Also located in Steven’s Point, the isolated Boy Scout Lane is supposedly where a group of Boy Scouts died, although no one quite seems to know why or how—some say they were killed while camping when their fire raged out of control; others say it was a bus accident; and some say they simply disappeared. Whatever the reason, visitors to the area now say they can hear footsteps and calls for help coming from the woods.

7. Route 66 // Villa Ridge, Missouri

Located on Route 66, the abandoned Tri-County Truck-Stop is a hotbed of ghostly activity. Before the restaurant shut down, employees reported hearing strange noises, seeing apparitions, and watching as coffee pots were thrown across the room by invisible forces.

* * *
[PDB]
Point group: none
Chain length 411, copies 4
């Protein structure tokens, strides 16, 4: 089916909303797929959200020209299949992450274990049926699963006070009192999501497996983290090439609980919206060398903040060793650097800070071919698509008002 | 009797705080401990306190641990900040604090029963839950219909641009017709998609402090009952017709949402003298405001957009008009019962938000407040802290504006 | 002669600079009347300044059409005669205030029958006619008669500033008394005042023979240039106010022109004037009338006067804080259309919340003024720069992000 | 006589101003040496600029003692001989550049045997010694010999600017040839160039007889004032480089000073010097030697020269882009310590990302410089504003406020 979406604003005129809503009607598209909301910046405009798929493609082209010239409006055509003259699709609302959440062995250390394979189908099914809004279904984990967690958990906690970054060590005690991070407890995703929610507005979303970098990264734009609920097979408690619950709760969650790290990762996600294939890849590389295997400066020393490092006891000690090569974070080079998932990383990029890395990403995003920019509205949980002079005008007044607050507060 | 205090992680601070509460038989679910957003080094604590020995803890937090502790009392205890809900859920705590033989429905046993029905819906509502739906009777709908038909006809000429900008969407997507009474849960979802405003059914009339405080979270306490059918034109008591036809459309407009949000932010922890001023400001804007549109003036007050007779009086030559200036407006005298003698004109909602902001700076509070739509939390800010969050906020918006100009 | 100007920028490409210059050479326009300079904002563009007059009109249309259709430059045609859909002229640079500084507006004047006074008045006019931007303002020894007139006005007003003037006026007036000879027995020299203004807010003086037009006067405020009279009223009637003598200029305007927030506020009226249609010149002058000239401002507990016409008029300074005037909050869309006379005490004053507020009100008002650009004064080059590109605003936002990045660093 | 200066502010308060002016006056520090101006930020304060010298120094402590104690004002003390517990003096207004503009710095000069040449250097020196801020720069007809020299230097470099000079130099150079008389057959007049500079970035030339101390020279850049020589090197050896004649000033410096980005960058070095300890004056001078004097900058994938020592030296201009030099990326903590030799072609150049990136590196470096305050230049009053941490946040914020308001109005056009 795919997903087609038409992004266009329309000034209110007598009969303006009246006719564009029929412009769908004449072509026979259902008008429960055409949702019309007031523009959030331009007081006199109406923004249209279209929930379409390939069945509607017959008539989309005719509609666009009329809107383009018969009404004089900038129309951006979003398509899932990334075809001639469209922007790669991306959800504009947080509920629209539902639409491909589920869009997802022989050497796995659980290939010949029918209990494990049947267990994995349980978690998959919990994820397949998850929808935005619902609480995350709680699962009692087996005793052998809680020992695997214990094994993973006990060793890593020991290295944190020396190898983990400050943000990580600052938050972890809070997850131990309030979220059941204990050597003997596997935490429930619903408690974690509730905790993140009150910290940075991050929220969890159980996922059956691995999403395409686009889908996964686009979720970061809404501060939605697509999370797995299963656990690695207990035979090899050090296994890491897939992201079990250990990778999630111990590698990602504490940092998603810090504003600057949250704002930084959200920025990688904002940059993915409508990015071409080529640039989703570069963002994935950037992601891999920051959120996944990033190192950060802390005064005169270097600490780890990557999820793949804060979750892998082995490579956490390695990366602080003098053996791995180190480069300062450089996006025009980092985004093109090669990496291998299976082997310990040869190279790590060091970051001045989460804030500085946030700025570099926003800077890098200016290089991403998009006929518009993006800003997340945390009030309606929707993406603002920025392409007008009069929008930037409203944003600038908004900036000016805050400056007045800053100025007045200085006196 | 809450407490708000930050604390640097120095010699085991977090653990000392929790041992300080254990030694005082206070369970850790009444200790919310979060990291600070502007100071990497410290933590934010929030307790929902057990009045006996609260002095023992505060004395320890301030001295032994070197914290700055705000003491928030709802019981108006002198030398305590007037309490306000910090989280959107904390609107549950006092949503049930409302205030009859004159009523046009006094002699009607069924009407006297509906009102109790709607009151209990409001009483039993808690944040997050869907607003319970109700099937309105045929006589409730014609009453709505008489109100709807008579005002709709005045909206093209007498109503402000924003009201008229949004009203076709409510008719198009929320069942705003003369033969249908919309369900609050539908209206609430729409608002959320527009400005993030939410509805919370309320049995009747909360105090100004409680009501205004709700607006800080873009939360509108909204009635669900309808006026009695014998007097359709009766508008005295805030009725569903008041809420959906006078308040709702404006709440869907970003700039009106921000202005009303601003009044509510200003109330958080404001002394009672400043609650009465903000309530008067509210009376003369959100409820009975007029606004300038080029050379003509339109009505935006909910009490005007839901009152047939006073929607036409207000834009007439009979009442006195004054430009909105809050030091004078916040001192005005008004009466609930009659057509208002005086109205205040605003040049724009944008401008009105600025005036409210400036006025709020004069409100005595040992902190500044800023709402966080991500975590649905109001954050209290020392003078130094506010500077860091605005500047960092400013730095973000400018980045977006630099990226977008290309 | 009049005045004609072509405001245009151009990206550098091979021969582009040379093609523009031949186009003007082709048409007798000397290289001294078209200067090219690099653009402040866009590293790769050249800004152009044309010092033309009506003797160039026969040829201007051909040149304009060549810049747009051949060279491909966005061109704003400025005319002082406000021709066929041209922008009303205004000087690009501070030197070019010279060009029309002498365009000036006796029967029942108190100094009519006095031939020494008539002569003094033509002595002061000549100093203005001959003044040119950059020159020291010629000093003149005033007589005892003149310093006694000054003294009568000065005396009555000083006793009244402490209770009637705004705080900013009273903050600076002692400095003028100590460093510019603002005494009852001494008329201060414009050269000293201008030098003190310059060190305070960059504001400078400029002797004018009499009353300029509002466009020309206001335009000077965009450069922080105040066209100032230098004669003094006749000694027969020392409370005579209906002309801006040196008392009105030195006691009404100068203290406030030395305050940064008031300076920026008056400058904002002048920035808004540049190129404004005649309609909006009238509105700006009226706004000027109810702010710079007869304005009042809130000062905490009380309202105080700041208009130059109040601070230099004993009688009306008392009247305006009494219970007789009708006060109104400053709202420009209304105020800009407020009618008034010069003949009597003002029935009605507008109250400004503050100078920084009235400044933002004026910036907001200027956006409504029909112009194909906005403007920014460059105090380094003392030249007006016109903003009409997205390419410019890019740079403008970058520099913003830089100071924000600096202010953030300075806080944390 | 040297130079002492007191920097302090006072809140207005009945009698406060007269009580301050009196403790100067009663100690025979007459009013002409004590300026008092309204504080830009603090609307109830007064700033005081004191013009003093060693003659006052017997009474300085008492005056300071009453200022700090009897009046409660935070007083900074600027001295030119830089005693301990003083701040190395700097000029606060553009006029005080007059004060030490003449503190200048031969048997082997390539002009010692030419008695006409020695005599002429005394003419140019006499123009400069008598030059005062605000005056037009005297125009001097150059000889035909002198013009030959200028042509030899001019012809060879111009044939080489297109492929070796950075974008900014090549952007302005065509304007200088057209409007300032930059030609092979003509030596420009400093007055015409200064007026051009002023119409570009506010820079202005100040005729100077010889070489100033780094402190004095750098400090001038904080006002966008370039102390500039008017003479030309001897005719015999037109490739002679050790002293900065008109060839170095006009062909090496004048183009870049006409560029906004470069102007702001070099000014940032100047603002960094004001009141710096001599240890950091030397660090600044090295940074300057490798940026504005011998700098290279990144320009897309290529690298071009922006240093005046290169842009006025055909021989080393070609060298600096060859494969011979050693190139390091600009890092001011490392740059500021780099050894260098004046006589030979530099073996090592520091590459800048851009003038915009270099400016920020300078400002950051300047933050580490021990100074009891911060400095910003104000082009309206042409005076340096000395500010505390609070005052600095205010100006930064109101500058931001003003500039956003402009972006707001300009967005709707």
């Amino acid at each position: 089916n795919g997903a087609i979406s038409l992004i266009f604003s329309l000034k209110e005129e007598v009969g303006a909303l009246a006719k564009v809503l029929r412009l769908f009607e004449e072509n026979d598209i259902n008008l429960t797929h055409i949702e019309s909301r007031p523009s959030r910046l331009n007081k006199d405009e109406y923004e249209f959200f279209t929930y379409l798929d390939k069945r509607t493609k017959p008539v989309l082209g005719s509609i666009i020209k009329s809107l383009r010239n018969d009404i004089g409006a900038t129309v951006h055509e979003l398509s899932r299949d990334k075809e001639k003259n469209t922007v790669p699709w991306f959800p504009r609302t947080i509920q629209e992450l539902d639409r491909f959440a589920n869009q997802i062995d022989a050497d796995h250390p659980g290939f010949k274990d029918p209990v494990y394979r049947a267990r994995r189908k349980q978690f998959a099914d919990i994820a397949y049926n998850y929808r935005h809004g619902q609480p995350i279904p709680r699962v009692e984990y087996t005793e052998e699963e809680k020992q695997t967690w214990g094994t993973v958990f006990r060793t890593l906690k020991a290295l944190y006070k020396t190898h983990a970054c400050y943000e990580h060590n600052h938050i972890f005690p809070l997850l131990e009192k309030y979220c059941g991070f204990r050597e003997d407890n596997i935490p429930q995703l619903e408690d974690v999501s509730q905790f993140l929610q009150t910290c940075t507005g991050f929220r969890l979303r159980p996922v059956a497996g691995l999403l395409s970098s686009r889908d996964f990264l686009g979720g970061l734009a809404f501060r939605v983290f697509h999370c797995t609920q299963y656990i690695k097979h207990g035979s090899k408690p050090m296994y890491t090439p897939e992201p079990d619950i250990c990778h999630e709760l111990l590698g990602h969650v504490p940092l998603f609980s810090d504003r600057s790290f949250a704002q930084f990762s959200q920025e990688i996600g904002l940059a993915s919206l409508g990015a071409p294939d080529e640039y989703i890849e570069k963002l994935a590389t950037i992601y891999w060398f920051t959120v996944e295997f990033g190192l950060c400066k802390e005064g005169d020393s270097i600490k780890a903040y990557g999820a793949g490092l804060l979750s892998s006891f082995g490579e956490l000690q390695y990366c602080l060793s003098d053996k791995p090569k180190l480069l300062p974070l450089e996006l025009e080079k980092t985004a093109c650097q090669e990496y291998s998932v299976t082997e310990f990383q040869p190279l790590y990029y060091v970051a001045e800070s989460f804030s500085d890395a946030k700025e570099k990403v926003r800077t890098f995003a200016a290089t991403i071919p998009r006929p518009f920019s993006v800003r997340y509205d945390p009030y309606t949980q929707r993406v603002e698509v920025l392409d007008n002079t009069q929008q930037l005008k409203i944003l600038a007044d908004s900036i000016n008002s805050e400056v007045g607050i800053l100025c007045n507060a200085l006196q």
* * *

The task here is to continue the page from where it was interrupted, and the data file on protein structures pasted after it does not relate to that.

8. Stagecoach Road // Marshall, Texas

On this red dirt road—which once served as a route for stagecoaches traveling to the town from Shreveport, Louisiana—paranormal investigators have snapped photos of ghosts and had the batteries of the equipment they were using to investigate drain inexplicably. Others who have driven down the road and turned off their cars said they felt a presence stepping on the bumper; when they went home, they discovered tiny handprints in the red dust on the back of the car. The road is supposedly haunted by the spirit of a Voodoo priestess.

9. Route 666 // Douglas, Arizona

The road formerly known as Route 666 may now be part of Route 491 [PDF], but some still call it The Devil’s Highway. Drivers traveling on this section of highway have recounted being pursued by a pack of terrifying dogs or a phantom semi-truck, among other strange and scary encounters.

10. Goatman's Bridge // Denton, Texas